Mojo - August 2007

Amidst Devastation, Ex-Peruvian Dictator Might Walk

| Tue Aug. 21, 2007 7:53 PM EDT

So when is the best time for an ex-Peruvian dictator to have an extradition hearing in front of Chile's full Supreme Court? While Peru is recovering from a devastating 8.0 earthquake that has killed more than 500 civilians.

Today, Chile's Supreme Court is convening to decide the fate of former Peruvian President Alberto Fujimori. He is wanted in Peru for human rights violations he committed while leading a so-called "war on terror" against two insurgencies in Peru between 1990 and 2000. Fujimori's capture and extradition process has been long and twisted. Many Peruvian officials and human rights organizations want his head for the atrocities he oversaw, but many suspect that Peru's current President, Alan Garcia—although you wouldn't know from all his government's posturing over the extradition—would rather Fujimori escape justice and return to Japan, where he lived in exile for nearly five years. To pass his conservative economic legislation, Garcia's dealings with the Fujimoristas in Peru's congress came with an implicit quid pro quo—the Fujimoristas want Fujimori to escape trial.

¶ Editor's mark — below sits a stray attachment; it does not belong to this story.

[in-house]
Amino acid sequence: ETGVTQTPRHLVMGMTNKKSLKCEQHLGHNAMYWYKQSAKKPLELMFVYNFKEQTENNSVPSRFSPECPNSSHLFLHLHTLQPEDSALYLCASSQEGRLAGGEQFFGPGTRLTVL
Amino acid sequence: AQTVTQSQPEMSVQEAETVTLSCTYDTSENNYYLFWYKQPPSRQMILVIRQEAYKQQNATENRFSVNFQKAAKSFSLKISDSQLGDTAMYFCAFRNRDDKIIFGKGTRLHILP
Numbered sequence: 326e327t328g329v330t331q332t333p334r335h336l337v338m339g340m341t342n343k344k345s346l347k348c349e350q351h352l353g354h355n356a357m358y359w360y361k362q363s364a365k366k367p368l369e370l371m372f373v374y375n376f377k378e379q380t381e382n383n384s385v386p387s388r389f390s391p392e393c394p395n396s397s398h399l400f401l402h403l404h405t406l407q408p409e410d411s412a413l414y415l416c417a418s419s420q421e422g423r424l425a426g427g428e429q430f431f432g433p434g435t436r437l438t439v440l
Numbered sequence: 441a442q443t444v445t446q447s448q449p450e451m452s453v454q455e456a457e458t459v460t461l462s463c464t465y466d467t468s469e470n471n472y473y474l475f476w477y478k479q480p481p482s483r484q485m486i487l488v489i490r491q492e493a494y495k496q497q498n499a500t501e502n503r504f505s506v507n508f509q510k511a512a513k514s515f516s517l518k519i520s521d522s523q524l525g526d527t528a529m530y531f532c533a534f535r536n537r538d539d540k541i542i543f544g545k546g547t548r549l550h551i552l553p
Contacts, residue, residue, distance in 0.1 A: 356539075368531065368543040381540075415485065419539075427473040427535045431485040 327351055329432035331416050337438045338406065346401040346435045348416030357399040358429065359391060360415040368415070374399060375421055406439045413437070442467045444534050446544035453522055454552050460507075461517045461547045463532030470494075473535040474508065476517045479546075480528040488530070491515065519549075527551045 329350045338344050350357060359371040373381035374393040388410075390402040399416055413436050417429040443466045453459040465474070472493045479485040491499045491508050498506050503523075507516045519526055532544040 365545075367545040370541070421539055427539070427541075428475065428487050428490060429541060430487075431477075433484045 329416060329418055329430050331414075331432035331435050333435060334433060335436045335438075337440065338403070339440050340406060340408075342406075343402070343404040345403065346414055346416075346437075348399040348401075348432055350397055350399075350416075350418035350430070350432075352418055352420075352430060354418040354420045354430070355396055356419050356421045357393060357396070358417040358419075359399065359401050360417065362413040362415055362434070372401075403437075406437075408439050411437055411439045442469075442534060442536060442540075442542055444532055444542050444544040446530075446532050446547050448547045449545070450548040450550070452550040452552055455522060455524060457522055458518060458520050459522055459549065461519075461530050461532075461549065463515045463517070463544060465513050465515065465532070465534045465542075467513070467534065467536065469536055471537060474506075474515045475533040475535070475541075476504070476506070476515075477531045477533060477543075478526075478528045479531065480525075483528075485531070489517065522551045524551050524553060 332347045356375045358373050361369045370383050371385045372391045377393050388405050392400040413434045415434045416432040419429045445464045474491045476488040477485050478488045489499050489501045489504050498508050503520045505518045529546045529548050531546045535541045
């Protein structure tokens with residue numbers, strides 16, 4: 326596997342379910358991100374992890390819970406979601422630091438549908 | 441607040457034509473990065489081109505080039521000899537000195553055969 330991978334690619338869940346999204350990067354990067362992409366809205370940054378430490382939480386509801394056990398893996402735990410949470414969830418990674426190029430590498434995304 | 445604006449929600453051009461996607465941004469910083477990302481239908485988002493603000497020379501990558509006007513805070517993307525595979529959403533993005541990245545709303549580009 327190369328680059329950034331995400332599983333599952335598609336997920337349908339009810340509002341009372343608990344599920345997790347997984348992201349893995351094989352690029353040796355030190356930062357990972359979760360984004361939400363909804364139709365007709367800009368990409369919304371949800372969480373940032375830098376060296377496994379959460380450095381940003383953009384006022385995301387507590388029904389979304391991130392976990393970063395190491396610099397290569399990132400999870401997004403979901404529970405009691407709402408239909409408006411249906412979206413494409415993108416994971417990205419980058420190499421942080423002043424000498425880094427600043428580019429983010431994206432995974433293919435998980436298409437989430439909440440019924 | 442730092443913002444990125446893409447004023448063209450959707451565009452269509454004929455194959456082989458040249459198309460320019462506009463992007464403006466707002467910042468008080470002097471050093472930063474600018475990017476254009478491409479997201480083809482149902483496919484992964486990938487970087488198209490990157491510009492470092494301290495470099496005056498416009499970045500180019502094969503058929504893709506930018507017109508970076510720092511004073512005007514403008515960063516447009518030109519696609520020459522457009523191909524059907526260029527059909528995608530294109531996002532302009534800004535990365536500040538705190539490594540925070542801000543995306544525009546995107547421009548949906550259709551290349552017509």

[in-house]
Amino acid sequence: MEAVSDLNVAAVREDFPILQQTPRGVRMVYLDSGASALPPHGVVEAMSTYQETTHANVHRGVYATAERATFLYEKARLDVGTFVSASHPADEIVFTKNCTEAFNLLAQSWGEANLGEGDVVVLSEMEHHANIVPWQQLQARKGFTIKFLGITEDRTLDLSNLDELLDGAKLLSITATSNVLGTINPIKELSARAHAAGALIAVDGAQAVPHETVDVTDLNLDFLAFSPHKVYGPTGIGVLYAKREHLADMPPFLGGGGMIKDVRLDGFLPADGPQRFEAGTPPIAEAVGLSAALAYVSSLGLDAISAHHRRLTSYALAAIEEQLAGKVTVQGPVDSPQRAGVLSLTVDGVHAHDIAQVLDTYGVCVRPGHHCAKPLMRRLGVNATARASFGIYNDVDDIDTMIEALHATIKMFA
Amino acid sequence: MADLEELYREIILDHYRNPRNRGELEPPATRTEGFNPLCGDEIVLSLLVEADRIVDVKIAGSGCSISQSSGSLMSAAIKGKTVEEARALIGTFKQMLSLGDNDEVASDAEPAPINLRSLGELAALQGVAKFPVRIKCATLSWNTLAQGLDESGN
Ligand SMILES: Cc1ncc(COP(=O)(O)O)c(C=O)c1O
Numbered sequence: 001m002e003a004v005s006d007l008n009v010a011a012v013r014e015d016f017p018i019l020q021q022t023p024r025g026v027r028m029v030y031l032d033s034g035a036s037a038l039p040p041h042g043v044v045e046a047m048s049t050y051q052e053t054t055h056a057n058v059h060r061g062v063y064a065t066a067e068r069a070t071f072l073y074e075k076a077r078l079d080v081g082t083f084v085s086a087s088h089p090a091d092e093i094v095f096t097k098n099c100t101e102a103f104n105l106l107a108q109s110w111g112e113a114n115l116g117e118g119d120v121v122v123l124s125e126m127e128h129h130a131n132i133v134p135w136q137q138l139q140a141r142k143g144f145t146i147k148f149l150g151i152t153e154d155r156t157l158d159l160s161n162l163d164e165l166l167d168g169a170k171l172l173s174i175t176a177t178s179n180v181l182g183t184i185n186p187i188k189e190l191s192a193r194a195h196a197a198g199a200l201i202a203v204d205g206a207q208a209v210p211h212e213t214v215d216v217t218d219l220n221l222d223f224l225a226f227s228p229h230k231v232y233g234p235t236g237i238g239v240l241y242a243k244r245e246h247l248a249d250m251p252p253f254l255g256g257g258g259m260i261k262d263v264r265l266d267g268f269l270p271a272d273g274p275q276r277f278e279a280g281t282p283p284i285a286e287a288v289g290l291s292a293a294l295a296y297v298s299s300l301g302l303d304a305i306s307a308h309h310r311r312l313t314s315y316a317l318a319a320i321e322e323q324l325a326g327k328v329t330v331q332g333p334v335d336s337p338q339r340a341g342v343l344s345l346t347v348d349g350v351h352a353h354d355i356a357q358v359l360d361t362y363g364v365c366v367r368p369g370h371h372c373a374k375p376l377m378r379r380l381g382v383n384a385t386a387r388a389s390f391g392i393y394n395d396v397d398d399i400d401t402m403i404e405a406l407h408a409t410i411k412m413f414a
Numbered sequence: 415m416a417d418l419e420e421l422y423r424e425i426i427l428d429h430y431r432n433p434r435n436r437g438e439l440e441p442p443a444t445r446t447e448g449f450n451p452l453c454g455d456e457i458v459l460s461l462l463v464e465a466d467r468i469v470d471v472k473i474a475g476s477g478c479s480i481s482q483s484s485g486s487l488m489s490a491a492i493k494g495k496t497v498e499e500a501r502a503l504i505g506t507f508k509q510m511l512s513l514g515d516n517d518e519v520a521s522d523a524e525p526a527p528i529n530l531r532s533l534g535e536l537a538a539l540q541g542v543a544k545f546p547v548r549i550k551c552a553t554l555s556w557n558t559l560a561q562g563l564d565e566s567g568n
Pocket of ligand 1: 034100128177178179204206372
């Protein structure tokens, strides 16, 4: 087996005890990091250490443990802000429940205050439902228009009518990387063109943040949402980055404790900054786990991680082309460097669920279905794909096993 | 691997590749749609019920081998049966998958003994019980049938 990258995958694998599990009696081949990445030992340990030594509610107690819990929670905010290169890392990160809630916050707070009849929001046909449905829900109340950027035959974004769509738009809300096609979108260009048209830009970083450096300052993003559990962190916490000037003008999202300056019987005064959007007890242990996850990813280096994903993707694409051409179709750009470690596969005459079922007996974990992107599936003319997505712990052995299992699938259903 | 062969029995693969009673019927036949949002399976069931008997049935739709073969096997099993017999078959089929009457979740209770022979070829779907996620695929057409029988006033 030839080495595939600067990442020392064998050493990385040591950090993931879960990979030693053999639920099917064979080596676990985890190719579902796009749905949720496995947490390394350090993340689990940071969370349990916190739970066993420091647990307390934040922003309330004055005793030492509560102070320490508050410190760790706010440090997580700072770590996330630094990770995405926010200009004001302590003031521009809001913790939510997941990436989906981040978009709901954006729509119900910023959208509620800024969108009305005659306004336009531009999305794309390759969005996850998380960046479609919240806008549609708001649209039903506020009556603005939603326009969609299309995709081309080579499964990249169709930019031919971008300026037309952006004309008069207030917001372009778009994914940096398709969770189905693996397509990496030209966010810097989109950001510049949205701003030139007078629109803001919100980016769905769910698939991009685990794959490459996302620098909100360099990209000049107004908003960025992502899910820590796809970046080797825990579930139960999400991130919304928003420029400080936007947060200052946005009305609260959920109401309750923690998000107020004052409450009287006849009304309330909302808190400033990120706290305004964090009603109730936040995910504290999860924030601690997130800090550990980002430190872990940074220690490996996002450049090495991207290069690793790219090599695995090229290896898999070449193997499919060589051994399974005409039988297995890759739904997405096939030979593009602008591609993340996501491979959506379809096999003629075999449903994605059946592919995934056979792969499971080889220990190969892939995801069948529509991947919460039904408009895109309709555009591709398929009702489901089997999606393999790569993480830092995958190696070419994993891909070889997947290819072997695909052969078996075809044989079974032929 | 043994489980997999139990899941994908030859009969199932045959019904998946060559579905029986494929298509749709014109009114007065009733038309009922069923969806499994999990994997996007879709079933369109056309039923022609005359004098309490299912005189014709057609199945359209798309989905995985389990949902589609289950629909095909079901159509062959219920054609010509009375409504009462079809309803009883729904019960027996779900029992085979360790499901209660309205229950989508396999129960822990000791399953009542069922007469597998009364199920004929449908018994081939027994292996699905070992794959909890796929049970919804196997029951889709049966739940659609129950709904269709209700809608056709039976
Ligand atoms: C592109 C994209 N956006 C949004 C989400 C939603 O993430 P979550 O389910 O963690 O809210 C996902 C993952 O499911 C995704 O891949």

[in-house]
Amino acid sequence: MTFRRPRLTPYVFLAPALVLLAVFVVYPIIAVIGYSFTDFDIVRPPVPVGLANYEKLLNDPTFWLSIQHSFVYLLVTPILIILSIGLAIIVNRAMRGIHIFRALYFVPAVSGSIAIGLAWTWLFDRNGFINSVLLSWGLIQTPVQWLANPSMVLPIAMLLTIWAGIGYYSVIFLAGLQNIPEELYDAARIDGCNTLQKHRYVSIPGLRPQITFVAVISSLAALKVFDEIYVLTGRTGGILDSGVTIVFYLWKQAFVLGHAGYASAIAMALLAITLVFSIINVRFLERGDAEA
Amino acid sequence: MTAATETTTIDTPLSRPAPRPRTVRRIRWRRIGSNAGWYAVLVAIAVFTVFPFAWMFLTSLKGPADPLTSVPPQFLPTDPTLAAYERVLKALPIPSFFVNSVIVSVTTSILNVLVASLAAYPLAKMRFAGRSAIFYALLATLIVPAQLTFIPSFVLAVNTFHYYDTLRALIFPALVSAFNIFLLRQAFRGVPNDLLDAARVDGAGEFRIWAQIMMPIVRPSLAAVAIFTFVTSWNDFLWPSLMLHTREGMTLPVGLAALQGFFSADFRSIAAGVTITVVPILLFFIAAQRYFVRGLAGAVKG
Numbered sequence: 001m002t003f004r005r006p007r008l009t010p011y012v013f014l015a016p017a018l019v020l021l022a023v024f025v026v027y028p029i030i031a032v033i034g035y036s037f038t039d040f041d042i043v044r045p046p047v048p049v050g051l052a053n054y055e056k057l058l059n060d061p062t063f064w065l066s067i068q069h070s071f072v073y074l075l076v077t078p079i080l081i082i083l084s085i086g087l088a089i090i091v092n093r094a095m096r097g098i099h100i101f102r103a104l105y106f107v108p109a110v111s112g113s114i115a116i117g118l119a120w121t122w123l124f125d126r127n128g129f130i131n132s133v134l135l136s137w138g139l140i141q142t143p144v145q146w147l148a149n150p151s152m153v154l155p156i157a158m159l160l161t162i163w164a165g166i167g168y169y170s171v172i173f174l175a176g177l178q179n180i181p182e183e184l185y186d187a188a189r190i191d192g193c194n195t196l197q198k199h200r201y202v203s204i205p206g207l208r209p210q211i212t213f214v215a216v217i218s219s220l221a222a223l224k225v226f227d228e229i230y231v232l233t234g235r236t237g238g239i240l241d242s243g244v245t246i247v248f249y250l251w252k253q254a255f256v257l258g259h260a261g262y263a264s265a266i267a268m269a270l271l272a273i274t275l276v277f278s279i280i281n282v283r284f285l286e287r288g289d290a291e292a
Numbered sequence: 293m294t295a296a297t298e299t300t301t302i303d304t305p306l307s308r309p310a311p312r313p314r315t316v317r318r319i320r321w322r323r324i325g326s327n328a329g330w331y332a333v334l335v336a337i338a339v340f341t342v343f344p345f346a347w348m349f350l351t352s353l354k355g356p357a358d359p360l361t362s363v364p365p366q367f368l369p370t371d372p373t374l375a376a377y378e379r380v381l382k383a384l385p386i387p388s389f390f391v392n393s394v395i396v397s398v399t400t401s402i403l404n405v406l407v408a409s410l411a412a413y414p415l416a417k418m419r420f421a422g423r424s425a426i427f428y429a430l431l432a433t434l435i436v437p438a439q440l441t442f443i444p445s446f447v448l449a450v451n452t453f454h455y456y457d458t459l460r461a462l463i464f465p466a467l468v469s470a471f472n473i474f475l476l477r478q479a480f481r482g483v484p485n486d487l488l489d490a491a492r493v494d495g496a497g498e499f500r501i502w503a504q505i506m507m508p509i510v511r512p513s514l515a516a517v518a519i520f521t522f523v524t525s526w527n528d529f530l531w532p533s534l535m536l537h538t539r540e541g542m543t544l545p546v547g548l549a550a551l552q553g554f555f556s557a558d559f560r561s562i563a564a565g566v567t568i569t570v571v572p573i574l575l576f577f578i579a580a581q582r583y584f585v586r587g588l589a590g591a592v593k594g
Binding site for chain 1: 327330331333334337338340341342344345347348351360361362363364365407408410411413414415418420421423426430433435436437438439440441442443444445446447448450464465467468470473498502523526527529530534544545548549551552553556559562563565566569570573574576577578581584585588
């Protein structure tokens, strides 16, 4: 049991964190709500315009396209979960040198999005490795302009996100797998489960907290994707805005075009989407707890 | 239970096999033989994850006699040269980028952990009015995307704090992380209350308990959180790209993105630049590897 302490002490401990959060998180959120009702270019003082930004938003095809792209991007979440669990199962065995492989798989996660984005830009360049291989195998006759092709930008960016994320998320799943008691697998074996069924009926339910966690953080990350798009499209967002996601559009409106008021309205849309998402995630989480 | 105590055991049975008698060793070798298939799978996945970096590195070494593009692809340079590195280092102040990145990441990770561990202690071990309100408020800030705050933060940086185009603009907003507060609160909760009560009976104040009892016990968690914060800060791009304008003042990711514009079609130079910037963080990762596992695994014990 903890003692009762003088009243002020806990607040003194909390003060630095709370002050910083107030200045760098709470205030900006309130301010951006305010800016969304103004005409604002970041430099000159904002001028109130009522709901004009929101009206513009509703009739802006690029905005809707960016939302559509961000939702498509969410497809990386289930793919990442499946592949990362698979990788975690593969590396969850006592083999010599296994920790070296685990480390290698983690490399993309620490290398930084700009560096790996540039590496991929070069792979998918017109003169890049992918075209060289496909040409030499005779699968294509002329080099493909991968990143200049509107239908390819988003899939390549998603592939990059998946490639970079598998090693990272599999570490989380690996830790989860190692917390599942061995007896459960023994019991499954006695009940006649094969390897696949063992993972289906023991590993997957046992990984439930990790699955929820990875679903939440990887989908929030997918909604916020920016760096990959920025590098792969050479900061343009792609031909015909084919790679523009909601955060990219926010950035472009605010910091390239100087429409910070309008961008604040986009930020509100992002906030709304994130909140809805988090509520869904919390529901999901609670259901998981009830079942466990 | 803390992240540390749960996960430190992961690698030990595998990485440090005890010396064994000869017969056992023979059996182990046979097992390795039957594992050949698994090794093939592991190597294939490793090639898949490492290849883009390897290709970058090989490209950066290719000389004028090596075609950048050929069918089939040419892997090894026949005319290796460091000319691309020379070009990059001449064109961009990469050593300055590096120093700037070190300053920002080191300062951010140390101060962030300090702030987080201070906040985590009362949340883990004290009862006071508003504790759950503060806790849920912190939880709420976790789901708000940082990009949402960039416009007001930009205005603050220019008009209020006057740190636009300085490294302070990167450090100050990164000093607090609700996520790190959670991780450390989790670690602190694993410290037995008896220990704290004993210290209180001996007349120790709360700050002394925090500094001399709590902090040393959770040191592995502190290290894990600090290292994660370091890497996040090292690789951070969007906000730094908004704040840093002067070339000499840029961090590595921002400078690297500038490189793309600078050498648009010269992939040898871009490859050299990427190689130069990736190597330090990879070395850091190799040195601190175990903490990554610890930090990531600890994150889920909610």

So while Peruvians are distracted by a natural disaster, Fujimori's final extradition hearing is conveniently taking place months before anyone predicted it would. The Chilean Supreme Court has been dragging its feet for the last year, ratcheting up tensions inside Peru.

Earlier this month, I bet Fujimori would be home for Christmas, but it looks like he could be home well before Thanksgiving.

—Rafael Valero

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Breaking: Report Reveals CIA Failures Before 9/11

| Tue Aug. 21, 2007 7:32 PM EDT

From the Los Angeles Times: